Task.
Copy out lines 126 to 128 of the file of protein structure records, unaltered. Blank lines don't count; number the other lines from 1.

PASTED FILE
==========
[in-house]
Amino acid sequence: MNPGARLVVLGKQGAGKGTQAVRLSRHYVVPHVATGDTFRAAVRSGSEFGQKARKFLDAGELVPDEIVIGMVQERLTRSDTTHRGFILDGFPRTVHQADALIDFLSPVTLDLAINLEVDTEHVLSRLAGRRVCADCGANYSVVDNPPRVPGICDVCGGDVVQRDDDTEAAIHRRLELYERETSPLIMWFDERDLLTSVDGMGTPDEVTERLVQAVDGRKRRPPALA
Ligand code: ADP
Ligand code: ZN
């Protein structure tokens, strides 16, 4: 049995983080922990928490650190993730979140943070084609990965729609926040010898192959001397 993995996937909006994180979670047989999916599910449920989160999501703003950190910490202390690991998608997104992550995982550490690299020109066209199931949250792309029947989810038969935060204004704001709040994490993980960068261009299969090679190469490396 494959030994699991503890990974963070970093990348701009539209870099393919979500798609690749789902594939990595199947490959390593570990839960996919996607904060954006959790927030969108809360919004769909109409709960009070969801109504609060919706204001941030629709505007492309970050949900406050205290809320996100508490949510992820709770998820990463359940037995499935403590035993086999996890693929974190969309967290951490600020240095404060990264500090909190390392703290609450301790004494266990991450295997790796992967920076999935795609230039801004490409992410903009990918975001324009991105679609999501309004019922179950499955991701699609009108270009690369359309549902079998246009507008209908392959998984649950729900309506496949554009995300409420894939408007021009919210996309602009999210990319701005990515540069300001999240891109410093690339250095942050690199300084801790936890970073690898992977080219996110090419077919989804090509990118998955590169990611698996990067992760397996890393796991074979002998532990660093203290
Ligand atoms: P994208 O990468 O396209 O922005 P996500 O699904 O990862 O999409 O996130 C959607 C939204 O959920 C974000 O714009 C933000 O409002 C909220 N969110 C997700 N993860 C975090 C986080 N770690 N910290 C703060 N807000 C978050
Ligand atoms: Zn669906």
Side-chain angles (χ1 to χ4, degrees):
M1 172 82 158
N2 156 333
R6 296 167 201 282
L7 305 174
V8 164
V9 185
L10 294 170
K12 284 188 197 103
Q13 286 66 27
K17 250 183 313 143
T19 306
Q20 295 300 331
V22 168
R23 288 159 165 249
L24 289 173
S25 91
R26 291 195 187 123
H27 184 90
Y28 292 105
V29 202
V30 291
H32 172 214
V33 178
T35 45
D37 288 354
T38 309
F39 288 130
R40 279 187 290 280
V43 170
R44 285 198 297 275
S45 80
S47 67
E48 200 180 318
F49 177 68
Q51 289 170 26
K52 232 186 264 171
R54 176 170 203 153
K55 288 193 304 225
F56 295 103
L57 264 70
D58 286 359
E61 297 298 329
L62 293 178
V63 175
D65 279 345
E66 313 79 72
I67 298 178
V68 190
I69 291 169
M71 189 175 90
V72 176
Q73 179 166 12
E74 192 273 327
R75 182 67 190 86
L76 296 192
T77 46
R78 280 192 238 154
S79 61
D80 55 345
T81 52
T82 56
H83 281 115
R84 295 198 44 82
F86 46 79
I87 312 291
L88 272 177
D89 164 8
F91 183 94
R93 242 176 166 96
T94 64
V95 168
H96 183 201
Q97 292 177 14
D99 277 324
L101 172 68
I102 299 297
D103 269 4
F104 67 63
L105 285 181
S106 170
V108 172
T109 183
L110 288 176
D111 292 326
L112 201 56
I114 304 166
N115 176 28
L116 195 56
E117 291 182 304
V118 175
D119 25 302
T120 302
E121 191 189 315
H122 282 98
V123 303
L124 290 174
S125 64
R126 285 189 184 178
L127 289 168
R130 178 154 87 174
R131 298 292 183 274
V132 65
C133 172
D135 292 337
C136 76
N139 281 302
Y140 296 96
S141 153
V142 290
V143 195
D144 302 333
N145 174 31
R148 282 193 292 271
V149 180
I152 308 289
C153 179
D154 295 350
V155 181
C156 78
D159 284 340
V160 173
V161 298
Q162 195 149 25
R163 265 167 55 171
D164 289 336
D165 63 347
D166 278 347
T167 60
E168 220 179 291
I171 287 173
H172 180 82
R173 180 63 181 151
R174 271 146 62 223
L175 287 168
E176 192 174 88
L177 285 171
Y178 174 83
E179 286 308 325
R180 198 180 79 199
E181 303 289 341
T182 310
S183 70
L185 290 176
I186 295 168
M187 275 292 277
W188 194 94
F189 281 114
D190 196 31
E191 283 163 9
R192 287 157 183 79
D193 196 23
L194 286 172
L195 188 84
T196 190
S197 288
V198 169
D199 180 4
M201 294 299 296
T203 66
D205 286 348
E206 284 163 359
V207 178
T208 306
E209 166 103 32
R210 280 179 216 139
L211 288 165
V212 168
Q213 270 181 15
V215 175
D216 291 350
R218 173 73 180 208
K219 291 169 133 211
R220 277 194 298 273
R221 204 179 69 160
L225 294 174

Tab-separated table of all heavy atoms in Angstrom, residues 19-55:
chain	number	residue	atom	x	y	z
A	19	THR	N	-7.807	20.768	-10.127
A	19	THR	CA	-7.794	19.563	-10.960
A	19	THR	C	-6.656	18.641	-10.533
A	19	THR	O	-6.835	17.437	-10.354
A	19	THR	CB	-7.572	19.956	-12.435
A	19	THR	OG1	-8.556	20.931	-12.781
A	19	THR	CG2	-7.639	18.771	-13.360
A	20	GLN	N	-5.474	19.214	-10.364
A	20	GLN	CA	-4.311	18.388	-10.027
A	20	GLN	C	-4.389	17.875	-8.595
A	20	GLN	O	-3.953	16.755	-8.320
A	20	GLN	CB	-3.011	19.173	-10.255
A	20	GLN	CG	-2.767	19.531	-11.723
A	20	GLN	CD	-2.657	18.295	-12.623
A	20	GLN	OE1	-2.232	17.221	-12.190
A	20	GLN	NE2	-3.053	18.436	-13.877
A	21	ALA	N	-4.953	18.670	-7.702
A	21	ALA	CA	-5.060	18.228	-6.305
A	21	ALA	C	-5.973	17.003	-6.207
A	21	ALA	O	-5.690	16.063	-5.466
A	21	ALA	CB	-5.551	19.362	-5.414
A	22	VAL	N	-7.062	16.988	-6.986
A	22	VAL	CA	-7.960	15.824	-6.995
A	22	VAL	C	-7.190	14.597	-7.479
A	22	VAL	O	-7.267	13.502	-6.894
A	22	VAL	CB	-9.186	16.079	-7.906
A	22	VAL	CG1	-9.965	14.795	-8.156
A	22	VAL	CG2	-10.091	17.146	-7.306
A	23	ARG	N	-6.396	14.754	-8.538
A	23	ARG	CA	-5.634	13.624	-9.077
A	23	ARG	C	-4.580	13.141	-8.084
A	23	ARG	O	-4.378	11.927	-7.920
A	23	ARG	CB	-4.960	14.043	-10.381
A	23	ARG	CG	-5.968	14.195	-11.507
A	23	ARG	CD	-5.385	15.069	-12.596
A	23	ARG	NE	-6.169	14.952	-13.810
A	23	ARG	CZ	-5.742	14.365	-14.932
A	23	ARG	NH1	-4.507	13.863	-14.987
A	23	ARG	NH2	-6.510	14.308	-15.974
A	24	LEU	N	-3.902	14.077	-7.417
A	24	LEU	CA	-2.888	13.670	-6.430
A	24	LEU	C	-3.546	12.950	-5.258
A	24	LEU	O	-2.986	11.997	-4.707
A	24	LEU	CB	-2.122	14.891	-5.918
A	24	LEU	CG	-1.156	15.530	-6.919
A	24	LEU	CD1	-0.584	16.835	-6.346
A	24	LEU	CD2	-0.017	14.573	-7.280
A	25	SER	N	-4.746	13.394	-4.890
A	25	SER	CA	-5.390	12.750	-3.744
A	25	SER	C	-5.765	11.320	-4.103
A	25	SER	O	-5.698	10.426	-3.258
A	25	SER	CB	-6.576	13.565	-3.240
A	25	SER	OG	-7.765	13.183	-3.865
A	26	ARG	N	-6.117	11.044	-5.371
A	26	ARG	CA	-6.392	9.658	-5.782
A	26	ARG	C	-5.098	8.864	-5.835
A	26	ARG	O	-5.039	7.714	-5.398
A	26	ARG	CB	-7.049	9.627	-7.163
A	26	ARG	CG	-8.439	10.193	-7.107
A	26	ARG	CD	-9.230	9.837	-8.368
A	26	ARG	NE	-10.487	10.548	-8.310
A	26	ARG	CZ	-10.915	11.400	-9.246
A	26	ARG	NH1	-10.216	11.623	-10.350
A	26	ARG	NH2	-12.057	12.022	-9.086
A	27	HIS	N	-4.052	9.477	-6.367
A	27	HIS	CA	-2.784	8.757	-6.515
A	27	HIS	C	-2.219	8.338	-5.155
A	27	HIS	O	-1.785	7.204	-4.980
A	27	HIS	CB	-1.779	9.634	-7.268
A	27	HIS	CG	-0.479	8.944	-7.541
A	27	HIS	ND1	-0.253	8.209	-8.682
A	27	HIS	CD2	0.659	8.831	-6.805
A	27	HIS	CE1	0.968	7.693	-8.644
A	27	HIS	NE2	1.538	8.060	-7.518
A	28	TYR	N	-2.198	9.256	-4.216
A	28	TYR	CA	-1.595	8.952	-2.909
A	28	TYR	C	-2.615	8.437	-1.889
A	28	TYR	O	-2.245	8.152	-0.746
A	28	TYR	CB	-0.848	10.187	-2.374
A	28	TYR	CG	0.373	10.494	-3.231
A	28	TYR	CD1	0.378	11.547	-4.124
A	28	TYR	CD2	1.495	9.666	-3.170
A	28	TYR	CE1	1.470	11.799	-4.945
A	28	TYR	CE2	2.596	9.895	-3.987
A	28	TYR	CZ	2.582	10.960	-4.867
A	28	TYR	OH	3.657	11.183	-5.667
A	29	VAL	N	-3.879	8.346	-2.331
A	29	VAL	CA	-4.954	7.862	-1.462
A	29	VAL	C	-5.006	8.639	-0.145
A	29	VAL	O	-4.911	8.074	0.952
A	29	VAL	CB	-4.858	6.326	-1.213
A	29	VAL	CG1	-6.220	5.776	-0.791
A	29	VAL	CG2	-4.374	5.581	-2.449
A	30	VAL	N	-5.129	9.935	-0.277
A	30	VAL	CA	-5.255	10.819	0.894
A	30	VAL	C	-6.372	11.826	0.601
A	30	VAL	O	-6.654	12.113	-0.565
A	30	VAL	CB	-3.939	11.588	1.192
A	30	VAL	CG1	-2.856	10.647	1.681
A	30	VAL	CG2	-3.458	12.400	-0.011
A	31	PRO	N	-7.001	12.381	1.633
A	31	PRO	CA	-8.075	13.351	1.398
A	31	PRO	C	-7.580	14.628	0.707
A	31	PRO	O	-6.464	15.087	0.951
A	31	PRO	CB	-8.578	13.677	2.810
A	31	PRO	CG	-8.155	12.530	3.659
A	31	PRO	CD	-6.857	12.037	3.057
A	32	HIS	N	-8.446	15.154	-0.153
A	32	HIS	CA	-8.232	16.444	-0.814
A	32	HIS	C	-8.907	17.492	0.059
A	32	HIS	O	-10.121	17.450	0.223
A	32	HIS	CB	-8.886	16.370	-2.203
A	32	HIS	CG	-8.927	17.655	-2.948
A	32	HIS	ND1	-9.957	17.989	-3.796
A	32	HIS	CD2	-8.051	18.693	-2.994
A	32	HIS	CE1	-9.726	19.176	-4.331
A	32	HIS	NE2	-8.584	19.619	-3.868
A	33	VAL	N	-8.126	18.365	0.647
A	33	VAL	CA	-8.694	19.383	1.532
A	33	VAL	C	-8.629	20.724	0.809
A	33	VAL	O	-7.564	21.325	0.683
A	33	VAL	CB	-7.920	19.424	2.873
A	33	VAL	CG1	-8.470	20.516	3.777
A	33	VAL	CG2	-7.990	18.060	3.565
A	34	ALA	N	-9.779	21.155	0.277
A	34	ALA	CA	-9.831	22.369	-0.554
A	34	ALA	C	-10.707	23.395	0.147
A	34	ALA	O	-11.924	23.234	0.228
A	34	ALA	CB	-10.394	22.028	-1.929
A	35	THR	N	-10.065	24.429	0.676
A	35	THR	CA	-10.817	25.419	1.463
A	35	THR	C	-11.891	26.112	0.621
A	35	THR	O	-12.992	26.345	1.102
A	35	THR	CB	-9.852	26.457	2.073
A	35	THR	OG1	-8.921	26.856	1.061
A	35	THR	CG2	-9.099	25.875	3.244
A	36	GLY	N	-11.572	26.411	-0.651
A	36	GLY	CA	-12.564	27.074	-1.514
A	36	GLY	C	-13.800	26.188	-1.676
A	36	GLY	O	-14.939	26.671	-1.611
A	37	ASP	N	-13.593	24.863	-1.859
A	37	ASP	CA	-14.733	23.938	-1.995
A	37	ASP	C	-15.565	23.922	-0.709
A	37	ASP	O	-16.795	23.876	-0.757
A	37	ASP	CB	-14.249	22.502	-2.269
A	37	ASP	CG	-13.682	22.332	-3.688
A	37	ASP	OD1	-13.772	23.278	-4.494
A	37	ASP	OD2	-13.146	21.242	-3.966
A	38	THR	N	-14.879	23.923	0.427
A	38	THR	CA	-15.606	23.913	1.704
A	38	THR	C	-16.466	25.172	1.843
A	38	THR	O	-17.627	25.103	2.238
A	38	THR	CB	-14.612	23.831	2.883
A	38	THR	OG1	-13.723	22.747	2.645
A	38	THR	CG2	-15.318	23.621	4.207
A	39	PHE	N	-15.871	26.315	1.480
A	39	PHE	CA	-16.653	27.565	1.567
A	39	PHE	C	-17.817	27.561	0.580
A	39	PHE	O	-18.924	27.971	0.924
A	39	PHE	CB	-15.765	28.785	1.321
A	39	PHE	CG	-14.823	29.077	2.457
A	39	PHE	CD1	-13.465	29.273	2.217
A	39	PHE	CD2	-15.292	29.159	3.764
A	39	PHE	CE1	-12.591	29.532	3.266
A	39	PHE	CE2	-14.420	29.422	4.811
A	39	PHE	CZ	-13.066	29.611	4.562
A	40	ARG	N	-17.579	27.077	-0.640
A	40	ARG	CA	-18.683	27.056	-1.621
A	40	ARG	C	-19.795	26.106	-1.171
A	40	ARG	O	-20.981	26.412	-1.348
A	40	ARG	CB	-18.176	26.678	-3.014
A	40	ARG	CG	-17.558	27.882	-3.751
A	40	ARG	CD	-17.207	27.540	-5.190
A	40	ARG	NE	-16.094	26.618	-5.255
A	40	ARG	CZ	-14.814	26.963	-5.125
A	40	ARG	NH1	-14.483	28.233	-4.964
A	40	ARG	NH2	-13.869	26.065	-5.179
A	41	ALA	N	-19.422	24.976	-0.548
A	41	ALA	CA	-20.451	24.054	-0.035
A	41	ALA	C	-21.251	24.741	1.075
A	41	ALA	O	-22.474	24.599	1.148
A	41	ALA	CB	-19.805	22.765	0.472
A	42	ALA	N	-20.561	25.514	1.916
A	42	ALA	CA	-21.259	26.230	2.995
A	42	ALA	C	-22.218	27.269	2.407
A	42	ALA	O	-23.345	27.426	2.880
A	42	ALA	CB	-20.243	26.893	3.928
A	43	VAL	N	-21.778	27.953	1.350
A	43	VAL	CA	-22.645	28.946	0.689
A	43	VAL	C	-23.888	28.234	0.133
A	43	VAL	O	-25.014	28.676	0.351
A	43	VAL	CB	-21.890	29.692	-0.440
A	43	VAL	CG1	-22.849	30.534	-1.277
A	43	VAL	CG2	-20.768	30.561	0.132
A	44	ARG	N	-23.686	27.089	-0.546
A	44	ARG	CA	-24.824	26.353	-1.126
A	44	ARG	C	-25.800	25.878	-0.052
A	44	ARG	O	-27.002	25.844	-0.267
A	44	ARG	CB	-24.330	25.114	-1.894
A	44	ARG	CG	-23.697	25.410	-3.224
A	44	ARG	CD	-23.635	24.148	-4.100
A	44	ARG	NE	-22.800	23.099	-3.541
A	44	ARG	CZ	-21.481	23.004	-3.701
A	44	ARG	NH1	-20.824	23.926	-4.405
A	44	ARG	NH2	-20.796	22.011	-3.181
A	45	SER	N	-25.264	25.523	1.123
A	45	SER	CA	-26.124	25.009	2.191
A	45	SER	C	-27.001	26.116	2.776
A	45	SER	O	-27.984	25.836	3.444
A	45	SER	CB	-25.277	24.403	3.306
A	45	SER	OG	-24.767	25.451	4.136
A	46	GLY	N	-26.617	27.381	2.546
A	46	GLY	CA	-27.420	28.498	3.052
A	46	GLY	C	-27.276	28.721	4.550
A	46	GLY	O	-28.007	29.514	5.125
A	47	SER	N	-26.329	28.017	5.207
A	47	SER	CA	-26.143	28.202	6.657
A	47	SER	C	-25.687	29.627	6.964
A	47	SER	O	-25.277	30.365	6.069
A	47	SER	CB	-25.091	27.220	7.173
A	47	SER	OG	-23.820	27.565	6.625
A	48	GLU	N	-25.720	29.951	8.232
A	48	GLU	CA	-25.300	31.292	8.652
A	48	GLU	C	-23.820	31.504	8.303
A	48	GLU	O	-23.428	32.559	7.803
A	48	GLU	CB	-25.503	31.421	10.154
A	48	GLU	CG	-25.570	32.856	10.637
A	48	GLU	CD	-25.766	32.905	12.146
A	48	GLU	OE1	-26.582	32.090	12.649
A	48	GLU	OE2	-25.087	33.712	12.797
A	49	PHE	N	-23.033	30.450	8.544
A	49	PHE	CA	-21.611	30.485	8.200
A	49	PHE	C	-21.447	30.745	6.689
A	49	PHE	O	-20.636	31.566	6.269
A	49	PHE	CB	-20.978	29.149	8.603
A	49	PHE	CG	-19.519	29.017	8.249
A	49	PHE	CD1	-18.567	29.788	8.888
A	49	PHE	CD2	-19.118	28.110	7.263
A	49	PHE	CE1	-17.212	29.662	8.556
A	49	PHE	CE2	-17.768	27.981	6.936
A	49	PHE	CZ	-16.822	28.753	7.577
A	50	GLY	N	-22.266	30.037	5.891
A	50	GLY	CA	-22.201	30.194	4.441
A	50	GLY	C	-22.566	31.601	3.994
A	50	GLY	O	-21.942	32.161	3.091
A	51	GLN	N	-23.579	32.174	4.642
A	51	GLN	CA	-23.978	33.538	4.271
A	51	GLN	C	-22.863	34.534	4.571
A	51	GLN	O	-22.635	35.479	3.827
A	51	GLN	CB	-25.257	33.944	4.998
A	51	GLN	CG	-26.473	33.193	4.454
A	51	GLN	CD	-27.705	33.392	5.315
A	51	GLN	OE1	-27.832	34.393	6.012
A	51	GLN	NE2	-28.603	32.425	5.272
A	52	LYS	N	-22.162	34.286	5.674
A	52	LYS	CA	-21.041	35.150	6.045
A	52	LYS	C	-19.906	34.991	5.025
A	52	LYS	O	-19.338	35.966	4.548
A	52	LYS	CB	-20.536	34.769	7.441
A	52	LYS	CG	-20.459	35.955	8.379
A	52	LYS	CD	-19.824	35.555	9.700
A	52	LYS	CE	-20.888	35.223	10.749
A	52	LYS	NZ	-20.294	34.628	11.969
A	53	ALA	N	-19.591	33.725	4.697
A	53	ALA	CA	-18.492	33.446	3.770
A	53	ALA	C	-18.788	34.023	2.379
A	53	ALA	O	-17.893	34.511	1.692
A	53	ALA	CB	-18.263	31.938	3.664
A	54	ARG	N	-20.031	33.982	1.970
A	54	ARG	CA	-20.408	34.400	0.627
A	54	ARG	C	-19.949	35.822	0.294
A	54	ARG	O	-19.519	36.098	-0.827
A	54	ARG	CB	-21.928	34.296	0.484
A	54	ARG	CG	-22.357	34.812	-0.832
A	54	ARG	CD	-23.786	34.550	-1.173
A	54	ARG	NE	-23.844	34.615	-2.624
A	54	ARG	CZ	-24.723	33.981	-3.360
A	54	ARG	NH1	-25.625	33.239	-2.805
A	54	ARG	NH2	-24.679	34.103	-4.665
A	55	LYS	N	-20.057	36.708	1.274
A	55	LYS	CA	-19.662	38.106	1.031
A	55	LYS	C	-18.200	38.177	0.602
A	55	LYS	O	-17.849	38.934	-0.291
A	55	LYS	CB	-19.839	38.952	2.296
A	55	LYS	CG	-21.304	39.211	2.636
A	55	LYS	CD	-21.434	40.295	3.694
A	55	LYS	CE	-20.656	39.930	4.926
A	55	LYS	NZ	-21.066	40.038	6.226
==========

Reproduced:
V155 181
C156 78
D159 284 340